Scott Neuman

Scott Neuman works as a Digital News writer and editor, handling breaking news and feature stories for NPR.org. Occasionally he can be heard on-air reporting on stories for Newscasts and has done several radio features since he joined NPR in April 2007, as an editor on the Continuous News Desk.

Neuman brings to NPR years of experience as an editor and reporter at a variety of news organizations and based all over the world. For three years in Bangkok, Thailand, he served as an Associated Press Asia-Pacific desk editor. From 2000-2004, Neuman worked as a Hong Kong-based Asia editor and correspondent for The Wall Street Journal. He spent the previous two years as the international desk editor at the AP, while living in New York.

As the United Press International's New Delhi-based correspondent and bureau chief, Neuman covered South Asia from 1995-1997. He worked for two years before that as a freelance radio reporter in India, filing stories for NPR, PRI and the Canadian Broadcasting System. In 1991, Neuman was a reporter at NPR Member station WILL in Champaign-Urbana, IL. He started his career working for two years as the operations director and classical music host at NPR member station WNIU/WNIJ in DeKalb/Rockford, IL.

Reporting from Pakistan immediately following the September 11, 2001 attacks, Neuman was part of the team that earned the Pulitzer Prize awarded to The Wall Street Journal for overall coverage of 9/11 and the aftermath. Neuman shared in several awards won by AP for coverage of the December 2004 Asian tsunami.

A graduate from Purdue University, Neuman earned a Bachelor's degree in communications and electronic journalism.

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The Two-Way
10:47 am
Fri March 20, 2015

Nigeria's President Hopes To Push Back Boko Haram In A Month

Nigerian President Goodluck Jonathan speaks during the inauguration ceremony of the 750 megawatt power station in the southwestern Ogun state, Nigeria, last month. In an interview with the BBC Friday, he said he hopes to retake all territory seized by Boko Haram within a month.
Jiang Xintong Xinhua/Landov

Originally published on Fri March 20, 2015 7:05 pm

Speaking a week before he faces voters, Nigerian President Goodluck Jonathan says he hopes that all the territory in the country's north that has been seized by Boko Haram extremists can be "retaken in a month" after a string of victories for government troops.

"I'm very hopeful that it will not take us more than a month to recover the old territories," Jonathan told the BBC. "They are getting weaker and weaker by the day."

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The Two-Way
9:28 am
Fri March 20, 2015

Solar Eclipse Wows Parts Of Europe, Middle East And Russia

A drone flies in the foreground of the partial solar eclipse in Vienna, Austria.
Joe Klamar AFP/Getty Images

Originally published on Fri March 20, 2015 3:05 pm

People throughout Europe, as well as parts of the Middle East, Russia, Africa, Asia and South America, got a stunning view of a partial solar eclipse Friday. A very few lucky ones at sea and in the high Arctic caught a glimpse of the same event as a total eclipse, as the moon passed in front of the sun.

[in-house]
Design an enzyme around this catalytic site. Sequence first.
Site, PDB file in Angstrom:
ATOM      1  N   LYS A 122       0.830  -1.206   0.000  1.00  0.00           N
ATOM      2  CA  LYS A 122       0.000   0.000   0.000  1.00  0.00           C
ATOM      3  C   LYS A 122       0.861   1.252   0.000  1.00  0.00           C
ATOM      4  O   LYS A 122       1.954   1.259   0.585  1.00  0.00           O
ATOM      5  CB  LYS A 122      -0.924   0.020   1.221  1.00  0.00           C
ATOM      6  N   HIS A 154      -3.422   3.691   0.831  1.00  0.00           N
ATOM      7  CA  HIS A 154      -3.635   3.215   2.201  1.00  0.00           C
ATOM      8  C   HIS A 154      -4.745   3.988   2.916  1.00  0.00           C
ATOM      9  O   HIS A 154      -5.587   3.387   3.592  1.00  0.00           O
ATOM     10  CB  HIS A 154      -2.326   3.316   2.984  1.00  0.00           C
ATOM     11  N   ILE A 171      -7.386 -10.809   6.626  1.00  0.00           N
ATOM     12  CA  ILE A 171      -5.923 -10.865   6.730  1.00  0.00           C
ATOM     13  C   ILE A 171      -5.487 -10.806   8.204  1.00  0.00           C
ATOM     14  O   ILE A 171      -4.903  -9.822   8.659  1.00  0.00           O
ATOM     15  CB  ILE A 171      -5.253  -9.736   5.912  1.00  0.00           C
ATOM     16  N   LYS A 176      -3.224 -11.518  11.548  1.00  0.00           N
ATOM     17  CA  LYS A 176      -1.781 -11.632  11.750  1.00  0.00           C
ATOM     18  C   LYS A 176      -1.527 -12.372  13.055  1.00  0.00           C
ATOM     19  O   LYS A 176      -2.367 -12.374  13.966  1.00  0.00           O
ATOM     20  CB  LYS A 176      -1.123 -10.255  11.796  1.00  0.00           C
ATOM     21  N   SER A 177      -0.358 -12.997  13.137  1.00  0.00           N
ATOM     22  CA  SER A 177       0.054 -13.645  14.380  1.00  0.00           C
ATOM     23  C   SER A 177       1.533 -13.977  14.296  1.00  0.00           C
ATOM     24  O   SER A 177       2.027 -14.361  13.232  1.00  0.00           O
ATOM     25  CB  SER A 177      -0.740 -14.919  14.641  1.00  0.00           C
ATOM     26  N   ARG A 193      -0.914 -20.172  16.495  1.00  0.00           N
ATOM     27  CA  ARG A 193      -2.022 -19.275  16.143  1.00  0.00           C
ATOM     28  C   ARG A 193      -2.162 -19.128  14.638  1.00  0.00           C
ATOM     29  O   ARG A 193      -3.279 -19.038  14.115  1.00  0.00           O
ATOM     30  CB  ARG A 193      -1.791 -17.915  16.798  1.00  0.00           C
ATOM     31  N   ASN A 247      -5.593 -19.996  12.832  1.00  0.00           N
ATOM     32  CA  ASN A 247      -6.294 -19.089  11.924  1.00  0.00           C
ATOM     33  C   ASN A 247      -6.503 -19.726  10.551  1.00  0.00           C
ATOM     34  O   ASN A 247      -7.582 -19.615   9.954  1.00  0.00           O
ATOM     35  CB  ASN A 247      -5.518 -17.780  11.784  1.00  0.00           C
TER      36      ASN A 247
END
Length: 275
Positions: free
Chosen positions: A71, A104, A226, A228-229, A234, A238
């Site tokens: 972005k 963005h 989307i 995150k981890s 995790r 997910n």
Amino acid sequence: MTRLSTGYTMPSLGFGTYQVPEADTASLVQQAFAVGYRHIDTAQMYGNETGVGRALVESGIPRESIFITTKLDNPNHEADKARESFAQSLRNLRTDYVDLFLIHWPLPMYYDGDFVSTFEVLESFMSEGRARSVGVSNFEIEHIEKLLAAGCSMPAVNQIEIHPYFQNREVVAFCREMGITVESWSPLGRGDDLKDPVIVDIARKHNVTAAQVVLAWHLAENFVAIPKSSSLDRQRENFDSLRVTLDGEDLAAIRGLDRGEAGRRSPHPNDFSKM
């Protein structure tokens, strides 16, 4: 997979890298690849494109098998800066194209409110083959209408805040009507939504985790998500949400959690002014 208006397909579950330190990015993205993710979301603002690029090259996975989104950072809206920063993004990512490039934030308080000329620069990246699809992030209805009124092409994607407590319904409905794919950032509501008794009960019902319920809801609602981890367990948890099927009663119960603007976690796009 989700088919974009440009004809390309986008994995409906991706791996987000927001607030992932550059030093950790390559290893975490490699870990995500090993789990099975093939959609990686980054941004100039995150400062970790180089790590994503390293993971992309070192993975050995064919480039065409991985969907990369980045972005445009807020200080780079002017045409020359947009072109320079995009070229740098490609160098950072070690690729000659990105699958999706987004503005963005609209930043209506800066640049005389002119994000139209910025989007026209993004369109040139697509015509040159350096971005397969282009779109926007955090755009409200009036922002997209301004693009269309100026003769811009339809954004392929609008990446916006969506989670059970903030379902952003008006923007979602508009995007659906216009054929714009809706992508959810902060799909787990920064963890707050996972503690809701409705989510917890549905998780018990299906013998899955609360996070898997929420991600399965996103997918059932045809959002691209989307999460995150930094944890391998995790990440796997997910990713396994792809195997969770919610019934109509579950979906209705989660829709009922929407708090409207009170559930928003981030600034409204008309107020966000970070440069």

Sky and Telescope magazine wrote earlier this month:

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The Two-Way
8:12 am
Fri March 20, 2015

Scores Killed In Mosque Attacks In Yemen

A wounded girl reacts as she is carried by a man out of a mosque that was attacked by a suicide bomber in Sanaa, Yemen, on Friday.
Khaled Abdullah Reuters/Landov

Originally published on Fri March 20, 2015 4:53 pm

Updated at 5:50 p.m. ET

Suicide bombers in Yemen attacked two mosques during Friday prayers in the capital, Sanaa, killing at least 137 people and wounding hundreds more.

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The Two-Way
5:05 pm
Thu March 19, 2015

Australia Taking Over Local Government On Tiny, Bankrupt Island

The old government buildings and remains of the penal colony in Kingston, the capital of Norfolk Island, located about 1,000 miles northeast of Sydney, in a photo taken in 2006.
Reuters/Landov

Originally published on Fri March 20, 2015 7:47 am

Australia has announced that it is revoking self-government on tiny Norfolk Island, where ancestors of the original HMS Bounty mutineers settled in the mid-19th century.

The move was announced after it became clear that the island, a former penal colony with just 1,800 inhabitants, was facing bankruptcy.

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The Two-Way
2:42 pm
Thu March 19, 2015

Netanyahu Says A Palestinian State Is 'Unachievable' Today

Israeli Prime Minister Benjamin Netanyahu speaks at the American Israel Public Affairs Committee Policy Conference in Washington earlier this month. In an interview with NPR's Morning Edition, Netanyahu said a separate Palestinian state is unachievable "under the present circumstances."
Pablo Martinez Monsivais AP

Originally published on Fri March 20, 2015 5:55 am

Updated at 5:15 p.m. ET.

Israeli Prime Minister Benjamin Netanyahu, fresh from victory in parliamentary elections this week, says he wants to clarify remarks he made on the campaign trail that appeared to write off any possibility of a Palestinian state on his watch.

"What I said was that under the present circumstances, today, it is unachievable," Netanyahu says in an interview with Morning Edition host Steve Inskeep to be aired Friday. "I said that the conditions have to change."

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